How does discrimination work in work places: The case of Monica Harwell.
A Kaiser Family Foundation poll on race in America highlighted that 69% of blacks and 57% of Hispanics face racial and ethnic discrimination. The report also indicated that 26% of the blacks and 15% of Hispanics reported being treated unfairly at their workplace because of their race and ethnicity. One of the most important examples of discrimination based on race is that of Monica Harwell.
Monica Harwell is a former employer of Con Edison—the energy utility provider for New York. When she was hired by her former company, Monica thought that her dream of having a job outdoors was finally accomplished. She was the first black women on her team that consisted of only white males. However, Monica, in her interview with CNN claimed that her experience came at a price.
Monica, while describing her experience at Con Edison, narrated that people had bets on her for they believed that she would not be able to make it. She also reported being harassed by a colleague who continuously joked about an offensive racial remark, made on the radio, against the Rutgers women’s team. She also claimed that she was called “that bitch” or “the girl”.
The discrimination did not stop there. Monica stated that the insults turned into bigger issues and hindered her progress at work. For this reason, she filed for a harassment and discrimination lawsuit with the Equal Employment Opportunity Commission. However, proving discrimination in workplaces is very difficult as the discrimination that takes place is often covert and takes the form of implicit bias.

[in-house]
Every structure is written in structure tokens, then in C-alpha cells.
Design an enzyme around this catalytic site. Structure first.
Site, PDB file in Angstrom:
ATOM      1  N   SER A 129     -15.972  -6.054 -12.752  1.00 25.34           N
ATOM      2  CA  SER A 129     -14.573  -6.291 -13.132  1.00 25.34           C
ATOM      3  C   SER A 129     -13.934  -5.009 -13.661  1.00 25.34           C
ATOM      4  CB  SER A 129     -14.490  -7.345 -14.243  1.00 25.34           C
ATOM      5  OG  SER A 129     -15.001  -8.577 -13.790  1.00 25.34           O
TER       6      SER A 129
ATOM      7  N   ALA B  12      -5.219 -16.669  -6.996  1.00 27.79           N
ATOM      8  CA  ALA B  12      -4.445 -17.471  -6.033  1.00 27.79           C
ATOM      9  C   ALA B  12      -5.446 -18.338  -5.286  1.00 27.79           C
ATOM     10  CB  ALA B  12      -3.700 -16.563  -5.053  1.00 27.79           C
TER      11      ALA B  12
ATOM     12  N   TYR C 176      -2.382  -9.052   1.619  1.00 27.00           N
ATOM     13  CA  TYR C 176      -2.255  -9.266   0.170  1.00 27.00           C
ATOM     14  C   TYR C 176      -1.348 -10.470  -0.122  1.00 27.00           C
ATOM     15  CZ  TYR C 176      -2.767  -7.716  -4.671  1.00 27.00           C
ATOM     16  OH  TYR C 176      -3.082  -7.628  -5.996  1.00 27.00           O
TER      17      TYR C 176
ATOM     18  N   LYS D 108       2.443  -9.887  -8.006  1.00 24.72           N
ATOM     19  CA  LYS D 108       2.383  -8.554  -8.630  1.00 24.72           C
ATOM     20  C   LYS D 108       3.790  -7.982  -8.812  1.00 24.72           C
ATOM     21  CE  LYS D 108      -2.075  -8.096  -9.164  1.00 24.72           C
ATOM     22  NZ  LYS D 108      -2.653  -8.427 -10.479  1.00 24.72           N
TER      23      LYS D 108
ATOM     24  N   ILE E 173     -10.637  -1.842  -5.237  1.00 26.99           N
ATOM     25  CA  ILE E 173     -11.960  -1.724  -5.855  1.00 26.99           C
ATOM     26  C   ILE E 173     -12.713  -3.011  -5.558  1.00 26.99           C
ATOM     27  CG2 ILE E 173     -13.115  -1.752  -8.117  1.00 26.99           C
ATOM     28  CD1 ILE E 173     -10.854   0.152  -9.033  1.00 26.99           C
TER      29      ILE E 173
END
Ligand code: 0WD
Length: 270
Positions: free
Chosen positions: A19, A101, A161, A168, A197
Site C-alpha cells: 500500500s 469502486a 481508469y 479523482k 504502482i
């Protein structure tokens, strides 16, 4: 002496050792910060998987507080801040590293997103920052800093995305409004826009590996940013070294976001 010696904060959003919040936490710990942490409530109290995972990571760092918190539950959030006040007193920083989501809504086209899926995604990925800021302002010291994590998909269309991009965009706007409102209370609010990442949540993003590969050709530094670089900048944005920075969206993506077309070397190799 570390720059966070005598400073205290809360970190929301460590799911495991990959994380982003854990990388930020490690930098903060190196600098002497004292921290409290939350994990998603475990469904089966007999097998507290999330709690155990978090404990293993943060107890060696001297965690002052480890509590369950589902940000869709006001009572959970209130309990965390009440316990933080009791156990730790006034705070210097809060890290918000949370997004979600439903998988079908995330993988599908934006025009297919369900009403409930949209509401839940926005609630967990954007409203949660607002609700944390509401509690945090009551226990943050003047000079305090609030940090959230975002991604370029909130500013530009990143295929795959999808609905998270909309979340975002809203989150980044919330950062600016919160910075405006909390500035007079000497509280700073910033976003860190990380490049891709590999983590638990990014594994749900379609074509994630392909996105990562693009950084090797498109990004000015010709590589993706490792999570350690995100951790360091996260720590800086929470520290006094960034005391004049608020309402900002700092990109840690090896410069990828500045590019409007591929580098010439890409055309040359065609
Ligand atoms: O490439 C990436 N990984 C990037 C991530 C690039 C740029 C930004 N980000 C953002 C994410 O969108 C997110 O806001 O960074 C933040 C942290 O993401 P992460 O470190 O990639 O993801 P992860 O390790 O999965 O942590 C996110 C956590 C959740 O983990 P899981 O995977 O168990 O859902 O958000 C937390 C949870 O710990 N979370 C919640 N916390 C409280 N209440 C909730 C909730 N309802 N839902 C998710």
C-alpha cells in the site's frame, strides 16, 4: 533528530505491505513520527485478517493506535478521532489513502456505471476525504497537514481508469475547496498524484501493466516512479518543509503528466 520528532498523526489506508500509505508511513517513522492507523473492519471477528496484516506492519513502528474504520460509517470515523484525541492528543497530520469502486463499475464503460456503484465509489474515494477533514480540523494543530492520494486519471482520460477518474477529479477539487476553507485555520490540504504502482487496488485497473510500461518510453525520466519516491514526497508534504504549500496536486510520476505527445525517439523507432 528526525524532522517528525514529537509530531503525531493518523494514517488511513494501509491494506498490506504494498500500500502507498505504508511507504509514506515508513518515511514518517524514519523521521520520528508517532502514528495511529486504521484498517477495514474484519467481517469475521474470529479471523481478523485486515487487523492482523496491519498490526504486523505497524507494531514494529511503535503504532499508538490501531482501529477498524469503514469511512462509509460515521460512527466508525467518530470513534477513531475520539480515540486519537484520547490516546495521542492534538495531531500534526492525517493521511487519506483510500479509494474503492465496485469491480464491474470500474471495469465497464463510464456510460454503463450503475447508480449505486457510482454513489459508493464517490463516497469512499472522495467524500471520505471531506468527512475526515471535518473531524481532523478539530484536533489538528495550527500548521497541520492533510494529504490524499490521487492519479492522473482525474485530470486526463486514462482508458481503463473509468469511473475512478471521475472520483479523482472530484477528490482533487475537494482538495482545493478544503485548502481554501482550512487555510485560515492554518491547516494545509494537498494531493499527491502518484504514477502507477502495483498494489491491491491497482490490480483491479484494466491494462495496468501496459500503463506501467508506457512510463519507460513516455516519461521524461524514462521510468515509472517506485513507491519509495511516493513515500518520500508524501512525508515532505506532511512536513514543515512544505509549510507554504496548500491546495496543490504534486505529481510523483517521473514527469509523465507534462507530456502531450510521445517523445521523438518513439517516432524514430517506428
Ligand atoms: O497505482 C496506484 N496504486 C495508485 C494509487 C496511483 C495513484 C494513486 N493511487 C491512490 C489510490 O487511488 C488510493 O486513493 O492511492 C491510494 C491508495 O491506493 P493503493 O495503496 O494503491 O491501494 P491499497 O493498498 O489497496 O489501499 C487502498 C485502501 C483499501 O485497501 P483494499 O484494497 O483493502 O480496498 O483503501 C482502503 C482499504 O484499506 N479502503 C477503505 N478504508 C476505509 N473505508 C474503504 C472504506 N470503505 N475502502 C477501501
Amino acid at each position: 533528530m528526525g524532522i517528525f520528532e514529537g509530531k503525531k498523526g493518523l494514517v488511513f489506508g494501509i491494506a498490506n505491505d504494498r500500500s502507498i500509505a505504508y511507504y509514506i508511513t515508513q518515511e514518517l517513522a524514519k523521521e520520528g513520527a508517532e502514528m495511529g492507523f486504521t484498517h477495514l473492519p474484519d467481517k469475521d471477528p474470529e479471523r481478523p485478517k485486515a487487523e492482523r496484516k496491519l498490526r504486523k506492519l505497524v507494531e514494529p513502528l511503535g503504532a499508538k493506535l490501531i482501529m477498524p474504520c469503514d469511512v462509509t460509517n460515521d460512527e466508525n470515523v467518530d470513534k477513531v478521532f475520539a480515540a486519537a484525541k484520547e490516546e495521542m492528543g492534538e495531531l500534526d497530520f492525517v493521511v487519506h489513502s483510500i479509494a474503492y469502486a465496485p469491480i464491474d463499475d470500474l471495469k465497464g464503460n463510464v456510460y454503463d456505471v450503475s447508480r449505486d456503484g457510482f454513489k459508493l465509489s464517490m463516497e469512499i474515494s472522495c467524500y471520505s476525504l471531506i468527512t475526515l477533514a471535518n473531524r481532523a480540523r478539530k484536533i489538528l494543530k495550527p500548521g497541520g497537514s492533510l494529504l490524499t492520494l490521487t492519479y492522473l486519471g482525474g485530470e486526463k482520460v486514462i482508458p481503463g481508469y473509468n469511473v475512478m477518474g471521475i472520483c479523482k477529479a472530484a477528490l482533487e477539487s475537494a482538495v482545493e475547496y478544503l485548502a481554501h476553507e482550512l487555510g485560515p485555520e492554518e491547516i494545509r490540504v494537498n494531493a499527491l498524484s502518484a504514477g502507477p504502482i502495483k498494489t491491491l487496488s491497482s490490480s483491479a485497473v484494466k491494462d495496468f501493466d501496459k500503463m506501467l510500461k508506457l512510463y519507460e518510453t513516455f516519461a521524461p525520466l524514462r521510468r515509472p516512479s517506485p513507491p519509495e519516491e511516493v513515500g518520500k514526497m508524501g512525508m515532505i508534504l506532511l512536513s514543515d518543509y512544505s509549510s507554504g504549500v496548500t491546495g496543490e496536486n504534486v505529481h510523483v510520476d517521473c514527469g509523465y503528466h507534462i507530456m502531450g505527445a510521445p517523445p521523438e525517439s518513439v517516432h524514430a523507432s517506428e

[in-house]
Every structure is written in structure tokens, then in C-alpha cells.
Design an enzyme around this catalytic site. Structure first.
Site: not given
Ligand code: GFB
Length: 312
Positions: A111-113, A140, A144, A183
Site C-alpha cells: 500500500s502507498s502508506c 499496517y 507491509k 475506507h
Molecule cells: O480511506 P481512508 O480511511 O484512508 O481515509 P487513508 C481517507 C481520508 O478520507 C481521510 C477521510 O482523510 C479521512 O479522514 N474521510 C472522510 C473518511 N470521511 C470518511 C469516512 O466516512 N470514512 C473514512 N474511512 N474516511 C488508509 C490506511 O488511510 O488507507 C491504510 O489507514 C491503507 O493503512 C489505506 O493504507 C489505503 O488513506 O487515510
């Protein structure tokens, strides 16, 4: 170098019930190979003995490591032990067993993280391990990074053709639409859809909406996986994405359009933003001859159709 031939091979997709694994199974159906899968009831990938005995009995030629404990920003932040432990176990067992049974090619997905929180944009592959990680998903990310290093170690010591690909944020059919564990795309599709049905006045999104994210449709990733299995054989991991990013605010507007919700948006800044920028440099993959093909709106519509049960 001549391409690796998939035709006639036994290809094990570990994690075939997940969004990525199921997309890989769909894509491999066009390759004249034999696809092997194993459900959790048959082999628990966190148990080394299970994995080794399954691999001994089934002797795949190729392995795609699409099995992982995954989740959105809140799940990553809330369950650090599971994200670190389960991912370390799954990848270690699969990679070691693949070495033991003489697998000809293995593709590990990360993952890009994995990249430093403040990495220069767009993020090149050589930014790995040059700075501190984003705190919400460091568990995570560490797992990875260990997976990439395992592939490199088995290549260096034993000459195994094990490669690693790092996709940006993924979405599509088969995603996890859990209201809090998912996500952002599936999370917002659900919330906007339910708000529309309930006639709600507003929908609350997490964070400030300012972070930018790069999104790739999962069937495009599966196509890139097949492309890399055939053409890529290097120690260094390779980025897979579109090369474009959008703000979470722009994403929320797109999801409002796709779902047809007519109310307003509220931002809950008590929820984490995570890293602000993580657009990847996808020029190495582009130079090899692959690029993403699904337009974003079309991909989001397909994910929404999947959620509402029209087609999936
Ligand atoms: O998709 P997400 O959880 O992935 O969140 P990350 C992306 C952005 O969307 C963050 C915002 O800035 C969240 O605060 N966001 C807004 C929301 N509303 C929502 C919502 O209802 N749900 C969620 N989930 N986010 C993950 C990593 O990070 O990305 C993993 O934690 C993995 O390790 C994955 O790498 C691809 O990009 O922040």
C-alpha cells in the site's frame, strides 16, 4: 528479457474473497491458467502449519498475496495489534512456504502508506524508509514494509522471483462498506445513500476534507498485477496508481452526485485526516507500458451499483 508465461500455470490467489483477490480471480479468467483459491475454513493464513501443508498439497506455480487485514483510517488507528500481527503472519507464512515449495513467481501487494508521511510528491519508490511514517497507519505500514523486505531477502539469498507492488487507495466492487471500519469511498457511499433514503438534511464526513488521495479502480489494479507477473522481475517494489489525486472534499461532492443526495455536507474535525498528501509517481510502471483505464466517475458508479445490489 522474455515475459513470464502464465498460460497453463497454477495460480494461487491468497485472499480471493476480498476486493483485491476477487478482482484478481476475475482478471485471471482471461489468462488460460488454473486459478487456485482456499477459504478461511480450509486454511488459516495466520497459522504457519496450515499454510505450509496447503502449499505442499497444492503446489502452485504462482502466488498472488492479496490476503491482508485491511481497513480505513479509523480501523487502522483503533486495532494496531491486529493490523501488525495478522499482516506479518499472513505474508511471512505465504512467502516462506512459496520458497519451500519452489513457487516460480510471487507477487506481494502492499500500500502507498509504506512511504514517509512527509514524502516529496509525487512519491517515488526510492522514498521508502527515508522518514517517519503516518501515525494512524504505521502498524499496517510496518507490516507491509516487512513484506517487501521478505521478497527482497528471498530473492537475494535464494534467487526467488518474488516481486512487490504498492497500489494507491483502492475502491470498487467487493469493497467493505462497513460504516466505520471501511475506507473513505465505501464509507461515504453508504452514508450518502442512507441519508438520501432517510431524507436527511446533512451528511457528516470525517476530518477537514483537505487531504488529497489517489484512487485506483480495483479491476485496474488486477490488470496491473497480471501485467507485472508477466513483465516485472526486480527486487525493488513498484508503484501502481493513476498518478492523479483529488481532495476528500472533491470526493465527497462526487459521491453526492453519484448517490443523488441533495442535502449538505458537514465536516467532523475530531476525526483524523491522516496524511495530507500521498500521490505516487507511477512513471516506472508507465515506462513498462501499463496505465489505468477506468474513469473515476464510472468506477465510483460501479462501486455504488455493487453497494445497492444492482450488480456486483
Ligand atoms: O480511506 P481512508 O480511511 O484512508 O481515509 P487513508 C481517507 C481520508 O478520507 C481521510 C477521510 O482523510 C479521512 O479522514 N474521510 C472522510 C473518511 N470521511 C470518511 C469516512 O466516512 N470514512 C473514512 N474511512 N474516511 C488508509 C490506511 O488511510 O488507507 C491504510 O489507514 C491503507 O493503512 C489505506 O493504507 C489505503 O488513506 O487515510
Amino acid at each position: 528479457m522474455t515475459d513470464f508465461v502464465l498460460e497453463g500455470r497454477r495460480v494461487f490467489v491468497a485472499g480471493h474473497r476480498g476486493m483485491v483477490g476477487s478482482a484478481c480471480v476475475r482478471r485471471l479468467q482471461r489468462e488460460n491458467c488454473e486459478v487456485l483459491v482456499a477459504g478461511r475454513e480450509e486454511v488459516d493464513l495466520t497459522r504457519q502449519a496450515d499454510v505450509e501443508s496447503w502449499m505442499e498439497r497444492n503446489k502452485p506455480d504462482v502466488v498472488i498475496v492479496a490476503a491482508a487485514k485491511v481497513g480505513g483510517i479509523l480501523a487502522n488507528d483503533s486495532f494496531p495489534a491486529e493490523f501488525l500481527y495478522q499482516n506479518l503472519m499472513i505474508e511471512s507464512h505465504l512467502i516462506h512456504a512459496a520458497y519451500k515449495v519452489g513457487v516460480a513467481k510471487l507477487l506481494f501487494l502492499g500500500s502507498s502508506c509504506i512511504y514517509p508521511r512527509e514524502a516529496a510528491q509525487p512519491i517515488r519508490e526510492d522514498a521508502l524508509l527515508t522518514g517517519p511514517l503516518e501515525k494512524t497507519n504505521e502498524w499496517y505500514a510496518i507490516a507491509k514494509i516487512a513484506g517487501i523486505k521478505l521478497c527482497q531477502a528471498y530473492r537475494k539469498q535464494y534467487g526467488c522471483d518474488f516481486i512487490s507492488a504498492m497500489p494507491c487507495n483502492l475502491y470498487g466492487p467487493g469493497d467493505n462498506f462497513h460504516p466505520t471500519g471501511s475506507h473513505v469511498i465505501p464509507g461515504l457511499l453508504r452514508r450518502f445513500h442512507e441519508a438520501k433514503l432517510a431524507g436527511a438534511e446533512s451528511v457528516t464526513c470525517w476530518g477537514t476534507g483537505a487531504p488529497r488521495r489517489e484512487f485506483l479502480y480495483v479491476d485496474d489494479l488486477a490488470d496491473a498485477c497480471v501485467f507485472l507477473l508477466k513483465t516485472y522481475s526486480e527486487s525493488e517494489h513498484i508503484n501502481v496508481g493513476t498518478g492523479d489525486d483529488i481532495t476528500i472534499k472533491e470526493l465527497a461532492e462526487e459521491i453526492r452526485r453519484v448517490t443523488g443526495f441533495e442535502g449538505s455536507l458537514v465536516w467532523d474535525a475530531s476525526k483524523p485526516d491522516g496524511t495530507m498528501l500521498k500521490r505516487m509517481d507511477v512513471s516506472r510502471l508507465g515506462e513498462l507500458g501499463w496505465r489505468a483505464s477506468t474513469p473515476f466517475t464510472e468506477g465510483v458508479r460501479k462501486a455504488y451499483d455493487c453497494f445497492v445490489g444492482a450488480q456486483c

Osi Mizad, a partner at Outten and Golden, the law firm representing Harwell, mentioned a few ways in which companies subtly discriminate based on race. Osi explained that when companies discriminate they justify it by stating that the employee was under qualified for the position. Such was the case with Monica.
Monica took on jobs that gave her the experience she needed. She achieved a series of degrees in night school, which entailed an associate degree, a bachelor’s degree, a master’s degree and a certificate in electrical engineering. However, in her interview with CNN, she claimed that no matter what she did it was never enough. Her defendant said, “In virtually every case of Con Ed rejecting her applications, the successful applicant was a Whiteman who was less qualified than Ms. Harwell by experience, education or both.”
Discrimination against people of color does not end here. In some situations, it is worse—minority applicants are denied a job even if they are qualified for it. This discrimination is widespread and research studies, conducted on white and black applicants, have supported such biases against people of color.